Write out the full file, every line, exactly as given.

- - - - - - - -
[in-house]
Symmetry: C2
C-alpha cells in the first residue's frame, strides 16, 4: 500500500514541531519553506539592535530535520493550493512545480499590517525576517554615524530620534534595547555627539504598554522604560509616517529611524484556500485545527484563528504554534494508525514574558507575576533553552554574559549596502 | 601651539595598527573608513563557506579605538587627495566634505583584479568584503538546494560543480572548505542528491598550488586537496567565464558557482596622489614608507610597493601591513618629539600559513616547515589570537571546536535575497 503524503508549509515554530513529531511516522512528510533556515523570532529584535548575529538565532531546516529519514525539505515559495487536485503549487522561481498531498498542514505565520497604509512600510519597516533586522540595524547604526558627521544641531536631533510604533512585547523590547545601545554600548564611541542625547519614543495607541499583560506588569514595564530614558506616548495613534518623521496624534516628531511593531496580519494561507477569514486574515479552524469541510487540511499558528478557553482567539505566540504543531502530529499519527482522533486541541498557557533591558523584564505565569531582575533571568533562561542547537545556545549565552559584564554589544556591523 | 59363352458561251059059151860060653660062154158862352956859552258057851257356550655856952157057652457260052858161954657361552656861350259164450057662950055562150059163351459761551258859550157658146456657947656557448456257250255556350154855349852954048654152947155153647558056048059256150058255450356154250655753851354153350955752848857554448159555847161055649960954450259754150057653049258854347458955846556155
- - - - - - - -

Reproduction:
[in-house]
Symmetry: C2
C-alpha cells in the first residue's frame, strides 16, 4: 500500500514541531519553506539592535530535520493550493512545480499590517525576517554615524530620534534595547555627539504598554522604560509616517529611524484556500485545527484563528504554534494508525514574558507575576533553552554574559549596502 | 601651539595598527573608513563557506579605538587627495566634505583584479568584503538546494560543480572548505542528491598550488586537496567565464558557482596622489614608507610597493601591513618629539600559513616547515589570537571546536535575497 503524503508549509515554530513529531511516522512528510533556515523570532529584535548575529538565532531546516529519514525539505515559495487536485503549487522561481498531498498542514505565520497604509512600510519597516533586522540595524547604526558627521544641531536631533510604533512585547523590547545601545554600548564611541542625547519614543495607541499583560506588569514595564530614558506616548495613534518623521496624534516628531511593531496580519494561507477569514486574515479552524469541510487540511499558528478557553482567539505566540504543531502530529499519527482522533486541541498557557533591558523584564505565569531582575533571568533562561542547537545556545549565552559584564554589544556591523 | 59363352458561251059059151860060653660062154158862352956859552258057851257356550655856952157057652457260052858161954657361552656861350259164450057662950055562150059163351459761551258859550157658146456657947656557448456257250255556350154855349852954048654152947155153647558056048059256150058255450356154250655753851354153350955752848857554448159555847161055649960954450259754150057653049258854347458955846556155